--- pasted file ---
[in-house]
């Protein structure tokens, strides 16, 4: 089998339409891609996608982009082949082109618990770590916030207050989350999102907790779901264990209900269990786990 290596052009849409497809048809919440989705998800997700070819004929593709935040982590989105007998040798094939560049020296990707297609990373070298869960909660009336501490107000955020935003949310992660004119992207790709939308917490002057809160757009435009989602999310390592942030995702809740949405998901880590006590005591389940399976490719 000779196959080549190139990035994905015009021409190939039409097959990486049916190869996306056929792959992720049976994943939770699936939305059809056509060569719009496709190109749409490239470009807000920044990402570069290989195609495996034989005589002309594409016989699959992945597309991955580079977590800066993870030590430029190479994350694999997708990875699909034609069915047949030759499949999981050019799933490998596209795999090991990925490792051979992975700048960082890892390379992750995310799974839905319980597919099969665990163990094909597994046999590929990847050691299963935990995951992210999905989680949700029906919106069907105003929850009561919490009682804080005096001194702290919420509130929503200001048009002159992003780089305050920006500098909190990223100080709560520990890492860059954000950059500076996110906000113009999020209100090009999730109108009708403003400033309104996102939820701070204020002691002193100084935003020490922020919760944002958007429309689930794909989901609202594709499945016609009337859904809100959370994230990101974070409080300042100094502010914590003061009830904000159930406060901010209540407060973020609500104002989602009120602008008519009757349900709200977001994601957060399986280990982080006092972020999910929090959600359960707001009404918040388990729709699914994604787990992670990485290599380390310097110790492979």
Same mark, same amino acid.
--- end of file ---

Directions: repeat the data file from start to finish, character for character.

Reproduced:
[in-house]
């Protein structure tokens, strides 16, 4: 089998339409891609996608982009082949082109618990770590916030207050989350999102907790779901264990209900269990786990 290596052009849409497809048809919440989705998800997700070819004929593709935040982590989105007998040798094939560049020296990707297609990373070298869960909660009336501490107000955020935003949310992660004119992207790709939308917490002057809160757009435009989602999310390592942030995702809740949405998901880590006590005591389940399976490719 000779196959080549190139990035994905015009021409190939039409097959990486049916190869996306056929792959992720049976994943939770699936939305059809056509060569719009496709190109749409490239470009807000920044990402570069290989195609495996034989005589002309594409016989699959992945597309991955580079977590800066993870030590430029190479994350694999997708990875699909034609069915047949030759499949999981050019799933490998596209795999090991990925490792051979992975700048960082890892390379992750995310799974839905319980597919099969665990163990094909597994046999590929990847050691299963935990995951992210999905989680949700029906919106069907105003929850009561919490009682804080005096001194702290919420509130929503200001048009002159992003780089305050920006500098909190990223100080709560520990890492860059954000950059500076996110906000113009999020209100090009999730109108009708403003400033309104996102939820701070204020002691002193100084935003020490922020919760944002958007429309689930794909989901609202594709499945016609009337859904809100959370994230990101974070409080300042100094502010914590003061009830904000159930406060901010209540407060973020609500104002989602009120602008008519009757349900709200977001994601957060399986280990982080006092972020999910929090959600359960707001009404918040388990729709699914994604787990992670990485290599380390310097110790492979």
Same mark, same amino acid.